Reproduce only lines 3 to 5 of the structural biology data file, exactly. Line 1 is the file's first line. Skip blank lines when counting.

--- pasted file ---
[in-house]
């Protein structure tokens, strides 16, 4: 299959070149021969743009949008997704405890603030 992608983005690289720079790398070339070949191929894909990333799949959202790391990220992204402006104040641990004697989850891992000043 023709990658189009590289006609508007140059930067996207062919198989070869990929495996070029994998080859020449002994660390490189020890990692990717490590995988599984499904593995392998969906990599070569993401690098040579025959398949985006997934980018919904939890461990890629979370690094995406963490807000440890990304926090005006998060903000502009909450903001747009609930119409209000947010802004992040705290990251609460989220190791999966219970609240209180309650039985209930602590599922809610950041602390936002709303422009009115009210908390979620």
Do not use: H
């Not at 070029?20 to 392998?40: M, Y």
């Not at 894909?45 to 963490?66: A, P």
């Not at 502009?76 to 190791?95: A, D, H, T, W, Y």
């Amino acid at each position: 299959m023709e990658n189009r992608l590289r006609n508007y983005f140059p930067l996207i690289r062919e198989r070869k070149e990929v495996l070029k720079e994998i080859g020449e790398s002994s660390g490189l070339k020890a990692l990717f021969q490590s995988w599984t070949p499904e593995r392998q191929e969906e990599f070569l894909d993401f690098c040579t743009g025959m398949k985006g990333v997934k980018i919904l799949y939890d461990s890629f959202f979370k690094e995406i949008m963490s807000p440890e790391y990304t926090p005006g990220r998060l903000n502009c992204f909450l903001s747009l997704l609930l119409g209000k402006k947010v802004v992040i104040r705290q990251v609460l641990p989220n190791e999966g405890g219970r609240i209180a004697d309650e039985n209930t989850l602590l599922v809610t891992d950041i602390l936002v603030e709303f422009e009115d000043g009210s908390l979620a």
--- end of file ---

Do not use: H
């Not at 070029?20 to 392998?40: M, Y």
């Not at 894909?45 to 963490?66: A, P």